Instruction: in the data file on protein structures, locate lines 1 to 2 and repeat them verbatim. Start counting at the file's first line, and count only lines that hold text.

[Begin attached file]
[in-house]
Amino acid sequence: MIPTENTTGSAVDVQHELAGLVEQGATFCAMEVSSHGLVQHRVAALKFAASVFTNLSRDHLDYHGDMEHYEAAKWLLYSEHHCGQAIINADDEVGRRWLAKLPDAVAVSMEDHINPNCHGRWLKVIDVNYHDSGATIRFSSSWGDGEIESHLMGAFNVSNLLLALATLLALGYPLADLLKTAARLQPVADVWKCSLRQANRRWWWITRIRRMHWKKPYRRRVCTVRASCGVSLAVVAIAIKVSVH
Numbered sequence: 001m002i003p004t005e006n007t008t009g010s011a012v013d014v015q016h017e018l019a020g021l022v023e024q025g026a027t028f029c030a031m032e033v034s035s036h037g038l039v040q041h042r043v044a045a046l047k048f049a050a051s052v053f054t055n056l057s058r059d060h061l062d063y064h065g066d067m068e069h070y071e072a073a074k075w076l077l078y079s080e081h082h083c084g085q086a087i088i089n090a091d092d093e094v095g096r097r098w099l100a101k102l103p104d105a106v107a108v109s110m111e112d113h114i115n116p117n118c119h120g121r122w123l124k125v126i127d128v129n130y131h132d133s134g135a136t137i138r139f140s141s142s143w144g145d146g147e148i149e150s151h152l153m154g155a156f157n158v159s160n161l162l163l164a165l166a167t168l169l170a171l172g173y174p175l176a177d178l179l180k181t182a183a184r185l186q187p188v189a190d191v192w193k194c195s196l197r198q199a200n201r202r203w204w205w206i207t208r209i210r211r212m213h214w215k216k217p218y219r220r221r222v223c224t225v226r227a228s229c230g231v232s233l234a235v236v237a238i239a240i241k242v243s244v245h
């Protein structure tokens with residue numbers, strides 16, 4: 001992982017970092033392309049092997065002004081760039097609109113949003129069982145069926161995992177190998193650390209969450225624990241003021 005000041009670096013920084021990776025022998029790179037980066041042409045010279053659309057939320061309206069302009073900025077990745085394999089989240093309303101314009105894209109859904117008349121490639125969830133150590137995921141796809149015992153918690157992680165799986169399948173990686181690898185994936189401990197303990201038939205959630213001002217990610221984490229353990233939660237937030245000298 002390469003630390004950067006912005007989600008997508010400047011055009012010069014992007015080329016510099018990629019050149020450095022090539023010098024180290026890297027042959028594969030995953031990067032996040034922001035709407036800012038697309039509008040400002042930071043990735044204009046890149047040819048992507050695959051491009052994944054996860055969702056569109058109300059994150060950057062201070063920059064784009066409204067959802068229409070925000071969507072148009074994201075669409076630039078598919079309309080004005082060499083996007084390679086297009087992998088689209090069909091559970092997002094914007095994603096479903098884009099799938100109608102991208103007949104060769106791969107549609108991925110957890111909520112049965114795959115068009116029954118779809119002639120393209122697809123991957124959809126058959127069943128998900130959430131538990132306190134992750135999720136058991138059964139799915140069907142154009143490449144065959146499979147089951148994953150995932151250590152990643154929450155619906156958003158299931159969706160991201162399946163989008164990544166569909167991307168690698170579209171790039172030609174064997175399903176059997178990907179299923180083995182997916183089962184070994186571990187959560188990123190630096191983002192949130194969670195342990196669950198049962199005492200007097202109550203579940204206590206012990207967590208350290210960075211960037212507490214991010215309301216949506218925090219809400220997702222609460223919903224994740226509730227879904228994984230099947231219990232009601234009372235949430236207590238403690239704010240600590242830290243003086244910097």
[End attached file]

[in-house]
Amino acid sequence: MIPTENTTGSAVDVQHELAGLVEQGATFCAMEVSSHGLVQHRVAALKFAASVFTNLSRDHLDYHGDMEHYEAAKWLLYSEHHCGQAIINADDEVGRRWLAKLPDAVAVSMEDHINPNCHGRWLKVIDVNYHDSGATIRFSSSWGDGEIESHLMGAFNVSNLLLALATLLALGYPLADLLKTAARLQPVADVWKCSLRQANRRWWWITRIRRMHWKKPYRRRVCTVRASCGVSLAVVAIAIKVSVH